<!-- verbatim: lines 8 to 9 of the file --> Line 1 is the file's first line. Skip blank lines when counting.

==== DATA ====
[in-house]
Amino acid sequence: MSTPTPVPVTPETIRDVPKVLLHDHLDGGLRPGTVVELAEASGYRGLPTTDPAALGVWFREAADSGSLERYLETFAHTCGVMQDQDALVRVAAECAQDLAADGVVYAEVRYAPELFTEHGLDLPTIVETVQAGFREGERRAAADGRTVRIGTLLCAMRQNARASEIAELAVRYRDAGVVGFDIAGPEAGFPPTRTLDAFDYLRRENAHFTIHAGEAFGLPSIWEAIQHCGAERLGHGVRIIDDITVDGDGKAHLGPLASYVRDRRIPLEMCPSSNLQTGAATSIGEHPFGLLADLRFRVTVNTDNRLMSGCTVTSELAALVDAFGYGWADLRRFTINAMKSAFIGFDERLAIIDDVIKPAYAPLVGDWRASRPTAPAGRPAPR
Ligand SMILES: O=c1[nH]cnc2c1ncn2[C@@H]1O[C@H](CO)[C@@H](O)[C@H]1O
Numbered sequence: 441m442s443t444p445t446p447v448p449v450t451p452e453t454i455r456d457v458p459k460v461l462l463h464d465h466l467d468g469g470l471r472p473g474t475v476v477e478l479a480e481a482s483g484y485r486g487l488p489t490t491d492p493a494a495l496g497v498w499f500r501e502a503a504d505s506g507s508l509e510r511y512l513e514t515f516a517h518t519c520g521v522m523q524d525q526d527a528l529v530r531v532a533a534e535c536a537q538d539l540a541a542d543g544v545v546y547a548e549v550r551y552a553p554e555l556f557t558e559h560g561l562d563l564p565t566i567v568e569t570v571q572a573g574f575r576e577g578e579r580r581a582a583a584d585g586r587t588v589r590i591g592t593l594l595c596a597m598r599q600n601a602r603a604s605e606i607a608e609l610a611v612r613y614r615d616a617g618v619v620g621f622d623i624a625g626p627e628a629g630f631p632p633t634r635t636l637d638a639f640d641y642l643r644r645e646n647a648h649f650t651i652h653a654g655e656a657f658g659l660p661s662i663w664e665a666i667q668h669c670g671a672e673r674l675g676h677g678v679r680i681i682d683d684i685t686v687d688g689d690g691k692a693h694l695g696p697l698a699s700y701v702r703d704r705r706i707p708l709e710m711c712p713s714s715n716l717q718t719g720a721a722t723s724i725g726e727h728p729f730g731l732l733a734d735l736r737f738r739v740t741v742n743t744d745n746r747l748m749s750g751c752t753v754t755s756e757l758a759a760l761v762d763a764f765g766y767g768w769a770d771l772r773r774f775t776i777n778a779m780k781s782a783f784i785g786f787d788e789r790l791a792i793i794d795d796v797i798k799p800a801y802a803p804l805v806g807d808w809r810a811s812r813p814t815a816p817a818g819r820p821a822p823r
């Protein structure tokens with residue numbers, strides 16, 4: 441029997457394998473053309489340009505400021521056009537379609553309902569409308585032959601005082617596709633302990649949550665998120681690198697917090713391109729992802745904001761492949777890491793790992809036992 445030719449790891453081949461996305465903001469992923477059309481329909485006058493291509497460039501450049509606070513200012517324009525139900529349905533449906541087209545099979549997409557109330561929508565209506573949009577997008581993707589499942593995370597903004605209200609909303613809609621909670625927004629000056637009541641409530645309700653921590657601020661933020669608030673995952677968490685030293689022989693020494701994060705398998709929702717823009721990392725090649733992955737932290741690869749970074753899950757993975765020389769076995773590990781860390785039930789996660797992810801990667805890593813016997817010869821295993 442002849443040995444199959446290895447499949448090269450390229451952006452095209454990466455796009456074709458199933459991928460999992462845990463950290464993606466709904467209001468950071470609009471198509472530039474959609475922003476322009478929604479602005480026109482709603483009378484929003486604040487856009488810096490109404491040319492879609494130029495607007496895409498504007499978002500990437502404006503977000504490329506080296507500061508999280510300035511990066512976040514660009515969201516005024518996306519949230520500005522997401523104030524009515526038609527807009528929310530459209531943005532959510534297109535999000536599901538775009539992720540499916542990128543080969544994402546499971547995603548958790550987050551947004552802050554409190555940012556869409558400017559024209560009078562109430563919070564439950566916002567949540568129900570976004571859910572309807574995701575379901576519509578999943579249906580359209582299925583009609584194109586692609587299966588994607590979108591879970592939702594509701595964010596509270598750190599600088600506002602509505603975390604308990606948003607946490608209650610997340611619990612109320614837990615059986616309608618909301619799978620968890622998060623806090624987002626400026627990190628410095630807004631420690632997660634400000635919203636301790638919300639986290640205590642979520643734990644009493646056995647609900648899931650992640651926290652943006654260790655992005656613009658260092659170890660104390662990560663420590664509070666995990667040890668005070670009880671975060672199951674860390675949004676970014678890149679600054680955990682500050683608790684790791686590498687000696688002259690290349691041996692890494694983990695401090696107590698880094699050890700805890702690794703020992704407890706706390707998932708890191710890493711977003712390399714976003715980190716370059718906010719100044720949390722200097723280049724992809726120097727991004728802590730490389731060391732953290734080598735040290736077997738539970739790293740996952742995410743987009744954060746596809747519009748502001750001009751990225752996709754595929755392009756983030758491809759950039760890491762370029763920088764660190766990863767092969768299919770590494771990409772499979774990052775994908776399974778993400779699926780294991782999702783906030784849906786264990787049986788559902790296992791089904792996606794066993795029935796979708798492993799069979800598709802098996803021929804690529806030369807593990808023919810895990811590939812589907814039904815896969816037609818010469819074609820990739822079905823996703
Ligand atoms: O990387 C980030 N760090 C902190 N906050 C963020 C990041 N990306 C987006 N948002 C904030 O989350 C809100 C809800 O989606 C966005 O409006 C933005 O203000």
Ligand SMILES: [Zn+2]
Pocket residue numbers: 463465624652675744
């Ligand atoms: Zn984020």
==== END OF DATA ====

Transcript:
Pocket residue numbers: 463465624652675744
């Ligand atoms: Zn984020």